In addition, Sections on Personnel Requirements and Staff Authorisation Systems for Inspecting Personnel and Support Staff, include a series of new clauses which take no account that the majority of Inspectors in particular are part-time volunteers who work in other roles outside the LAA. The requirements appear to have been ‘cut and pasted’ from other regulations designed for larger National CofA rather than Permit aircraft. These sections of the A8-26 revisions are untenable and reflect a lack of appropriate knowledge by the regulator of the voluntary environment in which we work. They are at present unfit for purpose and should be withdrawn and fundamentally reviewed by CAA prior to further consultation.
A Final Reminder
The deadline for comments to the CAA is 27 May 2021. Please respond to the public consultation by e-mail to, asking the CAA to withdraw these proposals and only resubmit them after a collaborative working group has been convened and a proper consensus with both BMAA and LAA achieved
By Boxkite
nallen wrote:@G-BLEW Maybe it's time for another chat with Sophie O'Sullivan, Ian.

I was going to say, did she mention this on her list of 'priorities' during the interview?
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By ThePipster
Evening all,

I suspect that part of the problem is that there is nobody with a long enough memory at the CAA to understand how we arrived at the status quo.

The LAA and the BMAA know only too well the importance of good airworthiness and the assembled wise heads across these organisations have lived through the realities of things going wrong. They have had to literally pick up the pieces, defend themselves in legal cases, and deal directly with human tragedy, in short, they have 'skin in the game'. They are the ones with most to gain from getting things right and the most to lose when it goes wrong.

Let's hope that someone at the CAA pauses for long enough to reflect on the journey we have all been on for the past 70+ years and picks up the phone for a chat...........

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By ak7274
I notice that the CAA drew from other resources outside the GAU for this paper. I wonder which resources. I do hope it wasn't the normal "We can make money from this if we generate lots of paper and changes........ even if it's wrong"
I remember EASA's embarrassing attempts to align some GA regs with commercial ones. They didn't cover themselves in glory on that either and had to change.
The lack of consultation with stakeholders is astounding. Is there any wonder the GA unit is held in such low regard by it's own consumers.
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By MattL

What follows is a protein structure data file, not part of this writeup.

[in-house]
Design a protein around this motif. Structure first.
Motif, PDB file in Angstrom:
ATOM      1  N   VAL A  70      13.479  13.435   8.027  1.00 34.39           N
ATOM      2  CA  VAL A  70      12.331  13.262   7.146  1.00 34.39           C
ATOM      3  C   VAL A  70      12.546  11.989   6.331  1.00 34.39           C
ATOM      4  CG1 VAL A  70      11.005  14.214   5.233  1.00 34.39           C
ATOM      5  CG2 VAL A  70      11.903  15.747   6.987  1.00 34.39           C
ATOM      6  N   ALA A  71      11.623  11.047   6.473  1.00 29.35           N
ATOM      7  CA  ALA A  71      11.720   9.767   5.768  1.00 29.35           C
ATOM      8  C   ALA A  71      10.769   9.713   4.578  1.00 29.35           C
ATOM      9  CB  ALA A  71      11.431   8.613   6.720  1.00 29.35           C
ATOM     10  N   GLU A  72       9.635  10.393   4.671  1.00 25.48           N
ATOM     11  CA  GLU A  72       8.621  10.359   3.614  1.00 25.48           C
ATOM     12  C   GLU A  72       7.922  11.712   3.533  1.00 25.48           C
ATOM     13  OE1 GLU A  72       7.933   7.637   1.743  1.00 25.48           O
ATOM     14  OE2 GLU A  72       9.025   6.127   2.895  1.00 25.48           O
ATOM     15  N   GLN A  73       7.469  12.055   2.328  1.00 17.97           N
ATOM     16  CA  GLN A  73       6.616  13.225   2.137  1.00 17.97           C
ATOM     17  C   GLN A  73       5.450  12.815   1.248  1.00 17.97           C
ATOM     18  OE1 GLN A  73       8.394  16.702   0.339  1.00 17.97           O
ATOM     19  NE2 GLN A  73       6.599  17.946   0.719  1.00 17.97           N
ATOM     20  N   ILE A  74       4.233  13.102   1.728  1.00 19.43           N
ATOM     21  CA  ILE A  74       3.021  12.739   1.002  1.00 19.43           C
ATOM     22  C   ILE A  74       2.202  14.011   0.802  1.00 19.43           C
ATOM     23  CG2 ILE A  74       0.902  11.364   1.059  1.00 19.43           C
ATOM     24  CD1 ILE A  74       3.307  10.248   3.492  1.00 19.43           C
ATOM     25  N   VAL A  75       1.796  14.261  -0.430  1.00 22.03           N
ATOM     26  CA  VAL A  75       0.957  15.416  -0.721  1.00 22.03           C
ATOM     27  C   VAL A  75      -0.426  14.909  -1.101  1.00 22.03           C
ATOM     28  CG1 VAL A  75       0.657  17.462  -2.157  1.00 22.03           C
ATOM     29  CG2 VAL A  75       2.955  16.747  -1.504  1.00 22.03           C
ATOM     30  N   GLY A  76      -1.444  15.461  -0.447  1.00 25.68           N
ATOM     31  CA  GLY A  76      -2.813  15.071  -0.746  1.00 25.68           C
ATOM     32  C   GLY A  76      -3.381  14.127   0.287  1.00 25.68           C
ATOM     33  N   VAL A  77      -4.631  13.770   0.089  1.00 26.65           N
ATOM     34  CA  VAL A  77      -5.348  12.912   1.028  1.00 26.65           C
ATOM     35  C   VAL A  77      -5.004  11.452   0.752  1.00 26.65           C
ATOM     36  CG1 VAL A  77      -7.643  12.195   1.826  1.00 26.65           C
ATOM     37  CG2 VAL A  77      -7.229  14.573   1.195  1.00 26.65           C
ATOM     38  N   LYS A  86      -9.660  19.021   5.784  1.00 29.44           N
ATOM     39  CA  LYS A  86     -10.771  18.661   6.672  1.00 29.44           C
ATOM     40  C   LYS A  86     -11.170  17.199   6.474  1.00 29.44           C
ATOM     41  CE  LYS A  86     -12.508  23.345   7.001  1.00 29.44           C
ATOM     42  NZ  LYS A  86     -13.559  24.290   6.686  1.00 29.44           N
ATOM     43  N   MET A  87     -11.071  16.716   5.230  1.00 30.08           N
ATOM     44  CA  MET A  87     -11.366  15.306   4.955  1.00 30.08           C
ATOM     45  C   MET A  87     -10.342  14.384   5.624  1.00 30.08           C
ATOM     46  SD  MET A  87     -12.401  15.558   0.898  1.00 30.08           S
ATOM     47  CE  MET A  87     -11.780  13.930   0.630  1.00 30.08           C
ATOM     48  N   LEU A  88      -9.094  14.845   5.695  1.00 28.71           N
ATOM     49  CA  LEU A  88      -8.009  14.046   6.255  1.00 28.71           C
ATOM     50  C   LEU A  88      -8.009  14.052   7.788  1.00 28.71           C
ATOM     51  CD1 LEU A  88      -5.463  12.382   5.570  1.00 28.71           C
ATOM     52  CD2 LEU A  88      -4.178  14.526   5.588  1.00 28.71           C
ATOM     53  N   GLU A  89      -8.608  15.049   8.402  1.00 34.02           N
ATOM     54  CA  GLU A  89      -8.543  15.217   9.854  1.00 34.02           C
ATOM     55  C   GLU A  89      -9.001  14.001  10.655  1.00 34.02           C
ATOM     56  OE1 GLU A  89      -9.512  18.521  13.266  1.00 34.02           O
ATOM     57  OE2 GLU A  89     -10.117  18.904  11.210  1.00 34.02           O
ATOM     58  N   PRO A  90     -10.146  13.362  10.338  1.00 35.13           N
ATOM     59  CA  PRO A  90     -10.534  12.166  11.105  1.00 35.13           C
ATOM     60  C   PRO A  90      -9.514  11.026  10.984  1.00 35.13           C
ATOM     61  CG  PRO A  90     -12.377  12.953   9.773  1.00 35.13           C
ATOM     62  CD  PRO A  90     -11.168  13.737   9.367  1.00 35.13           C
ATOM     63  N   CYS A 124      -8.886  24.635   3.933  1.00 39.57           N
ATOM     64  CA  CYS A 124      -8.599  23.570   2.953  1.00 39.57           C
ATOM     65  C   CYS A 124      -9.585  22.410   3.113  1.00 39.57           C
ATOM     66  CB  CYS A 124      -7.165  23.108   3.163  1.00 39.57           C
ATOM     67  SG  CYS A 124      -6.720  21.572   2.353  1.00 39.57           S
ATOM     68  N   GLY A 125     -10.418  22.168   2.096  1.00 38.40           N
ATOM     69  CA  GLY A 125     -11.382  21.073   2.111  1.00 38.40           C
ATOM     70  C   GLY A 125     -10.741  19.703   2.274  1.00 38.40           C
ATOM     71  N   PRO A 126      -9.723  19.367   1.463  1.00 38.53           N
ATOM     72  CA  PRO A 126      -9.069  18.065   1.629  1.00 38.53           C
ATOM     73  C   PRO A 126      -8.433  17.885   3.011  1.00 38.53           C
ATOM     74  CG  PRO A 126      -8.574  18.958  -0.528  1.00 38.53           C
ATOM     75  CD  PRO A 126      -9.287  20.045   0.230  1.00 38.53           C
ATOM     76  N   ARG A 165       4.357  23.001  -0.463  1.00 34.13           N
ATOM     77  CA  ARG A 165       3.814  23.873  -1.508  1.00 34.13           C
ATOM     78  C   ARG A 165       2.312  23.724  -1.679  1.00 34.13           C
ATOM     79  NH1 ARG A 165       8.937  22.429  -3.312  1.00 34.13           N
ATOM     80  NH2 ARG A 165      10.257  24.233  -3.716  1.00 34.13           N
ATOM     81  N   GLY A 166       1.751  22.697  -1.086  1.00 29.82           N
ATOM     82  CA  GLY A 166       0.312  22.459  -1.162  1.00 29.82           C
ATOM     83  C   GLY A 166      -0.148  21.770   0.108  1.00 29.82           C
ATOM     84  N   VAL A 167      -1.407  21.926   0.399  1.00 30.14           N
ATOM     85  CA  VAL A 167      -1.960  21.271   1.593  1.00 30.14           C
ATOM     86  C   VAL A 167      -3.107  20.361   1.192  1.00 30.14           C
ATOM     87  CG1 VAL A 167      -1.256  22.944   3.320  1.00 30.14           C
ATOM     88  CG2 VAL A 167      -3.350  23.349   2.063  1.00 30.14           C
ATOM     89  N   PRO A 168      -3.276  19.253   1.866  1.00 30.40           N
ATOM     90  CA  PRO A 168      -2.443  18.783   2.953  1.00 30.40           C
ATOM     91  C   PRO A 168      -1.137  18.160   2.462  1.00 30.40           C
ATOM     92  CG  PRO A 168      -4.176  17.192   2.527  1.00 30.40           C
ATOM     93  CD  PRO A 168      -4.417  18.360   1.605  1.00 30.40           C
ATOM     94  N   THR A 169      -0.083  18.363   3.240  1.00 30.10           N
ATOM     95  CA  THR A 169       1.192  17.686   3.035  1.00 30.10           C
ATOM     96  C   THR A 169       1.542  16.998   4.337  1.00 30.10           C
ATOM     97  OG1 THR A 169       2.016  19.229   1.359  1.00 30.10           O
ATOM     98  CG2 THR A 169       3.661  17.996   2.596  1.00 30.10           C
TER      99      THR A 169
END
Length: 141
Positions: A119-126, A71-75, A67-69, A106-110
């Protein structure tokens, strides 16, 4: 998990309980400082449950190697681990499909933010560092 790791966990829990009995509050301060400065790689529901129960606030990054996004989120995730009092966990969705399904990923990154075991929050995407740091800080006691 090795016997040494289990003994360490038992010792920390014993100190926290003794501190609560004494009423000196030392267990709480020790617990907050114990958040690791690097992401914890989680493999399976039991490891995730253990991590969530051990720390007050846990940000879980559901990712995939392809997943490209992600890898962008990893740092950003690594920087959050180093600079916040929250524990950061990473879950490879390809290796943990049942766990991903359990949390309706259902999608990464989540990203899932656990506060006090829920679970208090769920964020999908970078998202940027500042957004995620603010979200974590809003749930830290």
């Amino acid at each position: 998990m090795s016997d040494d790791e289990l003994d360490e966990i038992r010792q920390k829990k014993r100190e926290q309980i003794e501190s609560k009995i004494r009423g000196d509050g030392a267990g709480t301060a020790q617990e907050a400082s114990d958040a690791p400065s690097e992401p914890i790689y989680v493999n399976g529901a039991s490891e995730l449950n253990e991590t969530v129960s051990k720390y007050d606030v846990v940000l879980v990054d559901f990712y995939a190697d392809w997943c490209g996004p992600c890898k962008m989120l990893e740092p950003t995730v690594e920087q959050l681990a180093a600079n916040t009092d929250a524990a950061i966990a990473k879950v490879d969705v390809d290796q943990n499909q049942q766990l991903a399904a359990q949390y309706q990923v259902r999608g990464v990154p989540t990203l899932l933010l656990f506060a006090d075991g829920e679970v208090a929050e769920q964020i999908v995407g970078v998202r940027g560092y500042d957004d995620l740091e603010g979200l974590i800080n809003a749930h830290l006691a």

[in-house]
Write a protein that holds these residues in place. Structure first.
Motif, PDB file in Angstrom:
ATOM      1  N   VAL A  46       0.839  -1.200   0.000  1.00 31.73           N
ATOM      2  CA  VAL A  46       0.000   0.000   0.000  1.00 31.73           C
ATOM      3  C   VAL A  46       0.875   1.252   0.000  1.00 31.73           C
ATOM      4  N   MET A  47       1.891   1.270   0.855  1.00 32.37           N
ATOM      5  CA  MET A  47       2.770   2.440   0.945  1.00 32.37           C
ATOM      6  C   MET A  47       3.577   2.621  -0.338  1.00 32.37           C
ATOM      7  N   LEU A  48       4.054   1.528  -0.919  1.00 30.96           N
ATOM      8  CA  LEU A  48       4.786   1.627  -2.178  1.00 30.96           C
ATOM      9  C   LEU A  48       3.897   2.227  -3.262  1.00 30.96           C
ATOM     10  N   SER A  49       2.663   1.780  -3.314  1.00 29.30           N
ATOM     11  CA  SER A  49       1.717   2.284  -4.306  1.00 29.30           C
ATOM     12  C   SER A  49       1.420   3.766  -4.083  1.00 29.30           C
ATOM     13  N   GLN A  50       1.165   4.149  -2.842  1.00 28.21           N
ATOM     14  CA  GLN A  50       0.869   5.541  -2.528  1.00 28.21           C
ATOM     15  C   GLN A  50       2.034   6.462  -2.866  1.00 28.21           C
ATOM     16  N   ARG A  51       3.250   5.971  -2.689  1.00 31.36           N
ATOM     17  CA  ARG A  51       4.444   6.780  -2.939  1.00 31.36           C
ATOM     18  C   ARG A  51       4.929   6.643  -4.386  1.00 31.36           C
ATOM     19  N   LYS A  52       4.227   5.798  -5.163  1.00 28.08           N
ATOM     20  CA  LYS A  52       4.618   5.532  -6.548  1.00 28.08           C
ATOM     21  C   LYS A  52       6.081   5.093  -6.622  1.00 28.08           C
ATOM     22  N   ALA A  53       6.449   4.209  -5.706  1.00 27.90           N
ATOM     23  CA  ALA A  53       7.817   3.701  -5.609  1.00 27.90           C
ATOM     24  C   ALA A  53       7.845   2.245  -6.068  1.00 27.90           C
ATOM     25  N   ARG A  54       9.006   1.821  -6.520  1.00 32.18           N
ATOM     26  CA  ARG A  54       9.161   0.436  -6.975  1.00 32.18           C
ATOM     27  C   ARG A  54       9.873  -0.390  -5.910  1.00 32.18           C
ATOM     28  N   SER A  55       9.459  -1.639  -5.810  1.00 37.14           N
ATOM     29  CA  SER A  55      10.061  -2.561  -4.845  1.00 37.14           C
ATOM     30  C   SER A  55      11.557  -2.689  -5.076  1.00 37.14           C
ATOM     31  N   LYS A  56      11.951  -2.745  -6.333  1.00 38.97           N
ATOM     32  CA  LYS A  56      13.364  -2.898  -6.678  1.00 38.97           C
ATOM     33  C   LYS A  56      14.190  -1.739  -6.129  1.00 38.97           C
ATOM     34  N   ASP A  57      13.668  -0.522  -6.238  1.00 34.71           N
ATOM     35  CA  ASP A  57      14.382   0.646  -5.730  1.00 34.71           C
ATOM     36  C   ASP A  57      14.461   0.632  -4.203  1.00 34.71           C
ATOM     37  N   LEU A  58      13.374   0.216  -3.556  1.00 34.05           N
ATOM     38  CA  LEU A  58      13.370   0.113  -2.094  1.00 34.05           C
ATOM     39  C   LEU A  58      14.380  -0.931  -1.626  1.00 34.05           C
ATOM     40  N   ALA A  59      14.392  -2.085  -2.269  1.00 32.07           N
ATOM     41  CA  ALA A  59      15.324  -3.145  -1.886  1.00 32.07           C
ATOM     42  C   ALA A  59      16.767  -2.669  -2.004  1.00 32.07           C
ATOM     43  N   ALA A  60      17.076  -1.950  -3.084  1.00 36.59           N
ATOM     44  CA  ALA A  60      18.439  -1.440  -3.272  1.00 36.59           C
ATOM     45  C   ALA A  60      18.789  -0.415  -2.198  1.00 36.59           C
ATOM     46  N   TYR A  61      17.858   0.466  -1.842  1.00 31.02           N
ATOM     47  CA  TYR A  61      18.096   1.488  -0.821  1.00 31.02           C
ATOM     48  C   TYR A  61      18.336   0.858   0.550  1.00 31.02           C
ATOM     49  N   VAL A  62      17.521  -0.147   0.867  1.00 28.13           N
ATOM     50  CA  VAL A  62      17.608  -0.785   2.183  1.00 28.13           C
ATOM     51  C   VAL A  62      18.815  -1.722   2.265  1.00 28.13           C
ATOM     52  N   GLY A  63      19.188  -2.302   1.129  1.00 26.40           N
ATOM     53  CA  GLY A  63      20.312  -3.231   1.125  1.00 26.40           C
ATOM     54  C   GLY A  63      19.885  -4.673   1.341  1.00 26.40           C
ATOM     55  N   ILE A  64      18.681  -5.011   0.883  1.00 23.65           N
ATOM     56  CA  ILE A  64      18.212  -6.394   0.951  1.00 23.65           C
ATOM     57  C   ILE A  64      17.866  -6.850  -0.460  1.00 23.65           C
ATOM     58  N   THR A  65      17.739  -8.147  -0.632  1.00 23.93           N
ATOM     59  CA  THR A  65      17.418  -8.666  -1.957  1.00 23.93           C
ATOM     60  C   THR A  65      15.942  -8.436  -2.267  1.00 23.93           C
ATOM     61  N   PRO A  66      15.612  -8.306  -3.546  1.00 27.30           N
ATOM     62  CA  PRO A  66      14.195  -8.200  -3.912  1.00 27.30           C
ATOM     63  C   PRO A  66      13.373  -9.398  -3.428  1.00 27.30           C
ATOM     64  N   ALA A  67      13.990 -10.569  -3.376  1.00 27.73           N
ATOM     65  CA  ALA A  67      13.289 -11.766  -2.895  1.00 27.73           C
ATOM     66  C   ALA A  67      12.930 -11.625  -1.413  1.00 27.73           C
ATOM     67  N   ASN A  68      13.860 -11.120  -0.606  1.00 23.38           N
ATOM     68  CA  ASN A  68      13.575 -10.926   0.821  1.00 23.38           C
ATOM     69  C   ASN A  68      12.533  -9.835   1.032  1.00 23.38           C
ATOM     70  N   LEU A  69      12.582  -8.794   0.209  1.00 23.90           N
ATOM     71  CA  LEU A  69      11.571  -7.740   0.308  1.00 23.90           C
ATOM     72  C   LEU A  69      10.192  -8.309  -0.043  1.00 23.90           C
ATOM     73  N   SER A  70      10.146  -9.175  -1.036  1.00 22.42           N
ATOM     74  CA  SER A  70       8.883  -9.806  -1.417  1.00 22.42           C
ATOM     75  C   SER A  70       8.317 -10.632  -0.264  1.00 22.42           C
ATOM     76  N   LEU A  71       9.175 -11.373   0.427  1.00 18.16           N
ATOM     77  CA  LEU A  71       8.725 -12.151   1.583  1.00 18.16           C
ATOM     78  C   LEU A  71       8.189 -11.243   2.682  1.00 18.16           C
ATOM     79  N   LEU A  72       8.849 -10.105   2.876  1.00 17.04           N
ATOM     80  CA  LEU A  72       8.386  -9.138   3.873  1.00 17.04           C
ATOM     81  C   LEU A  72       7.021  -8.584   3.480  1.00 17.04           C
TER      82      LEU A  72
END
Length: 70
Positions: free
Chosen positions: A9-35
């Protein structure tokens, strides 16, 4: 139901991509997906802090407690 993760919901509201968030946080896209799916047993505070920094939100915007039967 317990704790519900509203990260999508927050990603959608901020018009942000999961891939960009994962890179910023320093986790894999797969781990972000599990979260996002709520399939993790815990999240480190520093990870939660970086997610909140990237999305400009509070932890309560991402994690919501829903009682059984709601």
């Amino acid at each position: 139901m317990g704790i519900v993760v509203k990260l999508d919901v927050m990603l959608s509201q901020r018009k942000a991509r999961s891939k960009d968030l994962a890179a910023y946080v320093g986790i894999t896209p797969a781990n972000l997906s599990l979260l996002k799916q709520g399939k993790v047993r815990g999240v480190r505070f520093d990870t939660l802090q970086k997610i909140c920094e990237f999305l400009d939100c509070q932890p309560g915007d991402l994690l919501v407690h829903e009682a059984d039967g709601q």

This all seems a bit bizarre, rather reminiscent of the PMD debacle. I wonder if there are some CAA factions trying to back door address some perceived safety risk. The lack of engagement with the industry bodies is a worrying trend, and certainly goes against the entire intent in the GA roadmaps recently produced.

However, I do think the inspector system is the LAA’s strategic weak point. They have a rapidly ageing, volunteer workforce dealing with increasingly complex systems and designs. I suspect getting the next generations of inspectors trained and up skilled will be the critical path on keeping the LAA fleet going in the future.
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By johnm
I have made comment on the dangers of having people in charge who know only management and administration and don't have any practical knowledge of the environment.

That situation is extremely dangerous unless there is serious engagement with representative bodies who DO understand the environment as the LAA comments above make clear.

The irony is that with Part ML and CS-STAN the certified aircraft regime is actually moving towards the LAA permit model at both EASA and CAA after the dreadful errors made by EASA in having a pure bureaucrat (Goudou) in charge at its inception. The danger is that, 10 years on, the CAA is travelling in the opposite direction.

Although I fly a CofA aircraft I believe this CAA attitude will make life more difficult for all of us in the future and so I have written to the email listed above urging withdrawal of the proposals pending a collaborative discussion between CAA and LAA/BMAA
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By Kemble Pitts
I sent this e-mail to CAA yesterday, it might give some ideas for others to emphasise with their input to CAA.

Good afternoon

I have briefly reviewed your proposed changes to CAP 553 including A8-26.

These are clearly extensive changes with significant implications for the LAA (and BMAA) engineering functions. This raises several serious questions:
• The consultation period for this proposal appears to be insufficient and has been poorly promulgated: is feedback actually wanted?
• Changes of this extensive nature cannot be arbitrarily launched without a clear statement of the perceived problem that you are trying to solve. This does not smack of ‘evidence based regulation’.
• Given the above this proposal should be withdrawn pending a realistic statement of the ‘problem’ and commensurate dialogue with the Organisations and the wider GA community.

Surely, with our exit from EASA, CAA has more than enough pressing issues to deal with without needing to look for problems where there don’t seem to be any. After all, the UK countryside is not littered with the wrecks of Permit to Fly aircraft, and so the timing and content of this proposal do not seem to make much sense.

Does this proposal further the Government’s stated aim of making the UK ‘the best place in the world for GA’?

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By Kirkbymoorside
Has anyone seen a position on this consultation from the BMAA?

The LAA seem very concerned by the approach and proposals so it would be interesting to know how one of the other affected (and very similar) organisations see things.